The hottest college football controversy right now isn't a debate over who's the preseason No. 1 team, or who has an inside track to the Heisman Trophy. No, the latest buzz is whether the term "student athlete" is real, or just a cruel punchline.
UCLA star quarterback Josh Rosen ignited this controversy Tuesday in a Q & A session with the popular fan website Bleacher Report. Here's the sentence that set things off:
"Look, football and school don't go together. They just don't. Trying to do both is like trying to do two full-time jobs."
Rosen's comment cuts to the core of the supposed trade-off college athletes make when they agree to play for very profitable sports programs, but for no actual pay: They get a free education in return for sacrificing their time and bodies to bring in fans, as well as merchandising money.
But if the "education" part of that deal is a sham, or at least impossible to attain even if college football players make a decent effort to study and play, then that deal is a fraudulent one.
Over the course of the four decades that I've covered college football as a writer and radio commentator, academic controversies have ebbed and flowed. The nadir came in the late 1980s, when a college and then-NFL star player named Dexter Manley revealed he had remained eligible to play all four years at Oklahoma State — without being able to functionally read or write.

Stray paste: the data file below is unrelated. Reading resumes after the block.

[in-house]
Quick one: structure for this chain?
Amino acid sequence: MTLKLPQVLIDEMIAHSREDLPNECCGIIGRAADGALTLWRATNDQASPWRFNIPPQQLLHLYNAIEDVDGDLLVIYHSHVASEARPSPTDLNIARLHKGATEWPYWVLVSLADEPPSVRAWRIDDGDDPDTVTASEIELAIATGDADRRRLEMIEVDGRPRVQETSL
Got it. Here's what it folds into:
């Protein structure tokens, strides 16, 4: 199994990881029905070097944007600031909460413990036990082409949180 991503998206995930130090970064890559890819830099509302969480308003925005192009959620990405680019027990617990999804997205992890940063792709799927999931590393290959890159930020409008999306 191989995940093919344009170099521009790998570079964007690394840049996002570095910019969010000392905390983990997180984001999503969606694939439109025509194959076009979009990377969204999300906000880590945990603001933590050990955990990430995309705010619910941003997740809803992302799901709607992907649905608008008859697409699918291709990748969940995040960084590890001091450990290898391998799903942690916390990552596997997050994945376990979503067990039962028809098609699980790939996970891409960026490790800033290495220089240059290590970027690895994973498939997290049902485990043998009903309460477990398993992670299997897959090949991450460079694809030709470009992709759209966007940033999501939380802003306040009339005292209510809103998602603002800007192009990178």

The zenith was when one of the captains of Nebraska's back-to-back national championship football teams in 1994-95 was Rob Zatechka, a biology major who went on to become an anesthesiologist in West Omaha. Yet it's been a generally accepted fact, long before Rosen made his comments this week, that major college football players can easily play their entire careers without taking a serious class.
"College administrators need to work hard to adjust class schedules and create serious course offerings to give more serious student athletes a chance to get a real education."
Now that reality means a lot more than it ever has before, because of the growing call to pay college athletes in major college football programs. That pressure led to an ultimately unsuccessful attempt by some players and Northwestern University to form a college football players union.
Still, that effort did put certain damning facts into the public record. National Labor Relations Board regional director Peter Sung Ohr noted that the players "spend 50 to 60 hours per week on their football duties during a one-month training camp prior to the start of the academic year and an additional 40 to 50 hours per week on those duties during the three- or four-month football season."
Then they were expected to go to class and study? Come on.
Of course it's one thing when an obscure NLRB director makes those comments. It has more impact, however, when a gifted player like Rosen — who's destined to play in the NFL —essentially says the same thing.